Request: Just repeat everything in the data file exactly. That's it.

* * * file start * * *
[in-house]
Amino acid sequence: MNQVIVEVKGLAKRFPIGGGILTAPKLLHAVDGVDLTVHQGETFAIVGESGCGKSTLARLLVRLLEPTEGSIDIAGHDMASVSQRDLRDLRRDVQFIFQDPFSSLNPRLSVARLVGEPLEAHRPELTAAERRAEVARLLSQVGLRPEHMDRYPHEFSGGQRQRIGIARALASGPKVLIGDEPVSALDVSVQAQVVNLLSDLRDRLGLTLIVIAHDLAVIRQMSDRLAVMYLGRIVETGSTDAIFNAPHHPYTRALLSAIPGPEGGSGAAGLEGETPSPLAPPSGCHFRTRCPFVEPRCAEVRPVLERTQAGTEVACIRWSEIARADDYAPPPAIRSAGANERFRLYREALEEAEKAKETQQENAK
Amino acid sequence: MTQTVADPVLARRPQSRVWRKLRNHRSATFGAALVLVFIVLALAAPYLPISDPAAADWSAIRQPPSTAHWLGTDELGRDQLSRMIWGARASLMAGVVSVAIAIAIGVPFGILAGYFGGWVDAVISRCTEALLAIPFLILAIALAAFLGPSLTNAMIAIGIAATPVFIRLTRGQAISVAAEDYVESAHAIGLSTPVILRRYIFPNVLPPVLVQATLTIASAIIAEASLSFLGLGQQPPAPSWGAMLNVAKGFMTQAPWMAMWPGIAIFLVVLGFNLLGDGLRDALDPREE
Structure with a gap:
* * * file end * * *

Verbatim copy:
[in-house]
Amino acid sequence: MNQVIVEVKGLAKRFPIGGGILTAPKLLHAVDGVDLTVHQGETFAIVGESGCGKSTLARLLVRLLEPTEGSIDIAGHDMASVSQRDLRDLRRDVQFIFQDPFSSLNPRLSVARLVGEPLEAHRPELTAAERRAEVARLLSQVGLRPEHMDRYPHEFSGGQRQRIGIARALASGPKVLIGDEPVSALDVSVQAQVVNLLSDLRDRLGLTLIVIAHDLAVIRQMSDRLAVMYLGRIVETGSTDAIFNAPHHPYTRALLSAIPGPEGGSGAAGLEGETPSPLAPPSGCHFRTRCPFVEPRCAEVRPVLERTQAGTEVACIRWSEIARADDYAPPPAIRSAGANERFRLYREALEEAEKAKETQQENAK
Amino acid sequence: MTQTVADPVLARRPQSRVWRKLRNHRSATFGAALVLVFIVLALAAPYLPISDPAAADWSAIRQPPSTAHWLGTDELGRDQLSRMIWGARASLMAGVVSVAIAIAIGVPFGILAGYFGGWVDAVISRCTEALLAIPFLILAIALAAFLGPSLTNAMIAIGIAATPVFIRLTRGQAISVAAEDYVESAHAIGLSTPVILRRYIFPNVLPPVLVQATLTIASAIIAEASLSFLGLGQQPPAPSWGAMLNVAKGFMTQAPWMAMWPGIAIFLVVLGFNLLGDGLRDALDPREE
Structure with a gap: